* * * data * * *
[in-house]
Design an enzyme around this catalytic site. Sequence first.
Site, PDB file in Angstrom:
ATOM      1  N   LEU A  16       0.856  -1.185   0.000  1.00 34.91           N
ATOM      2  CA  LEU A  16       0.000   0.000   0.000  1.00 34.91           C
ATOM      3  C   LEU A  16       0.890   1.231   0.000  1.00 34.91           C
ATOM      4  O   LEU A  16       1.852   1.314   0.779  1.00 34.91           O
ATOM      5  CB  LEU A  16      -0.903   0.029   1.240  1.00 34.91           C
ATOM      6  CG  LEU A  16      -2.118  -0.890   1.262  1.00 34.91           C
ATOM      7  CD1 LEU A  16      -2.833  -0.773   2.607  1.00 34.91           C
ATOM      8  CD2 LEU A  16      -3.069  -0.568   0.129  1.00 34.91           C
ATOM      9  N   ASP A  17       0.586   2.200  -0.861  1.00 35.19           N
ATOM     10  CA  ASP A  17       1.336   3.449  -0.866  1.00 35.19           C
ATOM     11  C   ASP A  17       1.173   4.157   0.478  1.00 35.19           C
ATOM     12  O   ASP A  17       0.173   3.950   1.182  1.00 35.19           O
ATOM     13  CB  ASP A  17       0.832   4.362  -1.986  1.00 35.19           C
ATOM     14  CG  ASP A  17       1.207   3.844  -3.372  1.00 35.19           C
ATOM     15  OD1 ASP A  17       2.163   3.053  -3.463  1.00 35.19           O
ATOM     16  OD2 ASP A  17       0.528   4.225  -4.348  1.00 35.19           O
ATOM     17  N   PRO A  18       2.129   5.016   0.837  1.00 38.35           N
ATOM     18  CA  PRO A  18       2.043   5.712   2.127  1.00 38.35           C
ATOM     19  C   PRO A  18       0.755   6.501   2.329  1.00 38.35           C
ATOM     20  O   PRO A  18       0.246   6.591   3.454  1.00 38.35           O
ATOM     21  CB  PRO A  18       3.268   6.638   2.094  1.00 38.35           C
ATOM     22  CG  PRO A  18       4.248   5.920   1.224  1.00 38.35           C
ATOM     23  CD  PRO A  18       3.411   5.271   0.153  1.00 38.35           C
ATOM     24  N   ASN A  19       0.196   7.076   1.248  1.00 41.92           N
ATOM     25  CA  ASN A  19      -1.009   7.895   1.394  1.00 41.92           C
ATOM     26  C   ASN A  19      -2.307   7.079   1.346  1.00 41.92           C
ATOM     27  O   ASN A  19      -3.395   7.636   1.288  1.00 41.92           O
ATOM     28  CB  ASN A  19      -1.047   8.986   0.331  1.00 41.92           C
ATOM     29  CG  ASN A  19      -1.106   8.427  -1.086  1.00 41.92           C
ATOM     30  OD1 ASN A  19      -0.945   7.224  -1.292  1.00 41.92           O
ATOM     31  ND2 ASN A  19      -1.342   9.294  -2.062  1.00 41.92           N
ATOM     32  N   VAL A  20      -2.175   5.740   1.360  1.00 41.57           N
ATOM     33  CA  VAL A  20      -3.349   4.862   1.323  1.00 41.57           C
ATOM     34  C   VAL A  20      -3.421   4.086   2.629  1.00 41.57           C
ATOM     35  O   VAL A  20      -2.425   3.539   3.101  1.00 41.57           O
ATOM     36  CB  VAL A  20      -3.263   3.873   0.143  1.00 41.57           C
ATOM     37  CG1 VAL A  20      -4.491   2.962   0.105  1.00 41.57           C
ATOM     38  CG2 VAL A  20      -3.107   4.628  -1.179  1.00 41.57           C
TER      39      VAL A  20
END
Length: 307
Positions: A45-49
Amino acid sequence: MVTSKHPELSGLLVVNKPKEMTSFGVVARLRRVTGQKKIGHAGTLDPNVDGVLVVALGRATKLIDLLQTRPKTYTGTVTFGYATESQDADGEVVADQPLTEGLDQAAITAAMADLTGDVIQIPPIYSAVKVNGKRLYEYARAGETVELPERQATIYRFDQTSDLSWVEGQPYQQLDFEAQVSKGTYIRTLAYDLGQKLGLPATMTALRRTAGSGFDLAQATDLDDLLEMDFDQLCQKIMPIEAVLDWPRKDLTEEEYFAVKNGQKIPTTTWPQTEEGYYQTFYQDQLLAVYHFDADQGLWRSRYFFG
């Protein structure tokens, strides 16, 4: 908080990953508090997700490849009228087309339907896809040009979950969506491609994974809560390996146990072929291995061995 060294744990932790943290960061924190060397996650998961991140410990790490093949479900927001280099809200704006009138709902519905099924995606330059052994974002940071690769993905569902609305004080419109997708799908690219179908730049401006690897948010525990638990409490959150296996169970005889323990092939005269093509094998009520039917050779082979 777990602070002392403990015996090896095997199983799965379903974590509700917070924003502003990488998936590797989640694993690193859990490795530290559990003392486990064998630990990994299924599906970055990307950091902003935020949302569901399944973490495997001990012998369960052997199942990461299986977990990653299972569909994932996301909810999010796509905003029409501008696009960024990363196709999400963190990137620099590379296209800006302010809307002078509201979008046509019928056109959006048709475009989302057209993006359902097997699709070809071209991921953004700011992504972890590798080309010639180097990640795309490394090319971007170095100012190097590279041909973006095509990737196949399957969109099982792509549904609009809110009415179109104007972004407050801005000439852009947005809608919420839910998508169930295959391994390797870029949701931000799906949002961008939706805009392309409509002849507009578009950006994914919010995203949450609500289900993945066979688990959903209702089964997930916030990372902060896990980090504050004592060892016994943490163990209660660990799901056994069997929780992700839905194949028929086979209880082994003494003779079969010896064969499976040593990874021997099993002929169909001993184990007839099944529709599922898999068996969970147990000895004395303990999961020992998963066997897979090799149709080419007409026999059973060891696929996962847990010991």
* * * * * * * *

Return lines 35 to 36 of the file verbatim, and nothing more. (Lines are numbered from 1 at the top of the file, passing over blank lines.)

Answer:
ATOM     32  N   VAL A  20      -2.175   5.740   1.360  1.00 41.57           N
ATOM     33  CA  VAL A  20      -3.349   4.862   1.323  1.00 41.57           C